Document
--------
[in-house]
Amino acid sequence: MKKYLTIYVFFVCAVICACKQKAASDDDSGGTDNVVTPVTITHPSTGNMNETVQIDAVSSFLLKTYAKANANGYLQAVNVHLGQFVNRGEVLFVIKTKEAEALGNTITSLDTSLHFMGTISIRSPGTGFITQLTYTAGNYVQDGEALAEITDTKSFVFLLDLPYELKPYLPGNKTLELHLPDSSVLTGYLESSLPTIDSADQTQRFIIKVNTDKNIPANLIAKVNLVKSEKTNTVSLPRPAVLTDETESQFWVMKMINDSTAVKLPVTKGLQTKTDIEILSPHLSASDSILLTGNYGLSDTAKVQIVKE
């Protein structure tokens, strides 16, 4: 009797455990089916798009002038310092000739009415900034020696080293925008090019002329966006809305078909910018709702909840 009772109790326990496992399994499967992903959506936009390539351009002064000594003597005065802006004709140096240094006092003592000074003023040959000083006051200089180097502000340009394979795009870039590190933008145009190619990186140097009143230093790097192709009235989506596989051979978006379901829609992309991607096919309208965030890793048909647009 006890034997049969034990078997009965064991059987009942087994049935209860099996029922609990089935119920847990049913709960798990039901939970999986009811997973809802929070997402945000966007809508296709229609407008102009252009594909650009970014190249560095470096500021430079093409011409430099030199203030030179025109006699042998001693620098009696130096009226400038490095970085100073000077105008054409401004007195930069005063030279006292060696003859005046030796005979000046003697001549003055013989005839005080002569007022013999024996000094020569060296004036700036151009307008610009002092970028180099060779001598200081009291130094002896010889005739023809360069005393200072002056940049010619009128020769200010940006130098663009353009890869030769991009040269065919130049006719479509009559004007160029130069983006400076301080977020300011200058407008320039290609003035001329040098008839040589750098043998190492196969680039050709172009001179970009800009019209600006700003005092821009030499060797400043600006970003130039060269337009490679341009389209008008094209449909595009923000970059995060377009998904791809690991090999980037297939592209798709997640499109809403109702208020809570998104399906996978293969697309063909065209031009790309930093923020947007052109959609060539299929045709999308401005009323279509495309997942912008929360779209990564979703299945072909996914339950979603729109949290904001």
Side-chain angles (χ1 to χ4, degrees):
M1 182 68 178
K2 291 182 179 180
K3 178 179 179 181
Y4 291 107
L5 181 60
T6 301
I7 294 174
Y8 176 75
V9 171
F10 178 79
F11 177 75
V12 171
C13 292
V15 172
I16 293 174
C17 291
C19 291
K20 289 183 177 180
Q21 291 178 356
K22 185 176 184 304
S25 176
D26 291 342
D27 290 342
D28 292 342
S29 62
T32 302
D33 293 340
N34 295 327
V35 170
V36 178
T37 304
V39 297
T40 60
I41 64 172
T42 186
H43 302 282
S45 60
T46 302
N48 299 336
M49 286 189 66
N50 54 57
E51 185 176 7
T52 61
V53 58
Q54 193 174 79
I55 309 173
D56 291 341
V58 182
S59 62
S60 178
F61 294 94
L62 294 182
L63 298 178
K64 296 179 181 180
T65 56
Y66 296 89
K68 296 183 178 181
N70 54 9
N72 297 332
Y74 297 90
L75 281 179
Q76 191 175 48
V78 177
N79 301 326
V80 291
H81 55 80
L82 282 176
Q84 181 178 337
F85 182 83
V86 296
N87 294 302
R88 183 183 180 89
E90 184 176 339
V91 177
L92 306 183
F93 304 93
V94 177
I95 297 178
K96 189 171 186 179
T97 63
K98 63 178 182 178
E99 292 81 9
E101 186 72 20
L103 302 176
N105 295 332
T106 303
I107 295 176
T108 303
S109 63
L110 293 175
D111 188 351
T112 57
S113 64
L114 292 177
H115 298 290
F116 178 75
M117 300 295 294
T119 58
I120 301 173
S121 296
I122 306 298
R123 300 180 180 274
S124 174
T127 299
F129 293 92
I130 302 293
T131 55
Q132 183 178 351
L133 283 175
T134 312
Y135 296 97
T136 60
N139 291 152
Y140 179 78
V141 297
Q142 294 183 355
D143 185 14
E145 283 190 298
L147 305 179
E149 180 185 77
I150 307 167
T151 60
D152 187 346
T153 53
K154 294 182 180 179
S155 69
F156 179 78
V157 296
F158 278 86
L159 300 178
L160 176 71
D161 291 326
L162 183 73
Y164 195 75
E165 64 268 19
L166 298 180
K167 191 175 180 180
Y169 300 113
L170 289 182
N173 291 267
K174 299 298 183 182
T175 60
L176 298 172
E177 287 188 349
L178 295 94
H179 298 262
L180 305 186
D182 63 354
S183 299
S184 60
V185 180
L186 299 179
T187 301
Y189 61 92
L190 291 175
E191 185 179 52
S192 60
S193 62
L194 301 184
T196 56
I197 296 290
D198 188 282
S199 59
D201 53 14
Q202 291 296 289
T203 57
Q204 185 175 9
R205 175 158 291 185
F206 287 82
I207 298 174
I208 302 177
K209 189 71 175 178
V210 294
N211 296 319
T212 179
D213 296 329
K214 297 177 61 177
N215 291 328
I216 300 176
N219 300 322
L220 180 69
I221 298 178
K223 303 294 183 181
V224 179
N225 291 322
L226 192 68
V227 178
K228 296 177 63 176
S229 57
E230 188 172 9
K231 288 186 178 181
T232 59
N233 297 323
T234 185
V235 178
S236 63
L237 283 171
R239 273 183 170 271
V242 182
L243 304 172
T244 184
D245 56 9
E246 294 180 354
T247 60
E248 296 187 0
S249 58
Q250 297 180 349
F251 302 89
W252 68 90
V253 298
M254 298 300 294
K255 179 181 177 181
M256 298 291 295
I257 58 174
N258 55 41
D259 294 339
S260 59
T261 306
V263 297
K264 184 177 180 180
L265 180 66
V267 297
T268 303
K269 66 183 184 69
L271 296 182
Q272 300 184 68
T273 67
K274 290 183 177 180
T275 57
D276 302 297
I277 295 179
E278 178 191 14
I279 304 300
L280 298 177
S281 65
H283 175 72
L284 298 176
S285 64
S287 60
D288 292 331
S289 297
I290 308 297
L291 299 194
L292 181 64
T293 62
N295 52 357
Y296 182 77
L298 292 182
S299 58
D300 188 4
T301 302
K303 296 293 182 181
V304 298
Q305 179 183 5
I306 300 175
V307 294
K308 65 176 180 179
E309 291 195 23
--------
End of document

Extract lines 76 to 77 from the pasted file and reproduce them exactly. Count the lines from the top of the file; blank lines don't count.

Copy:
R88 183 183 180 89
E90 184 176 339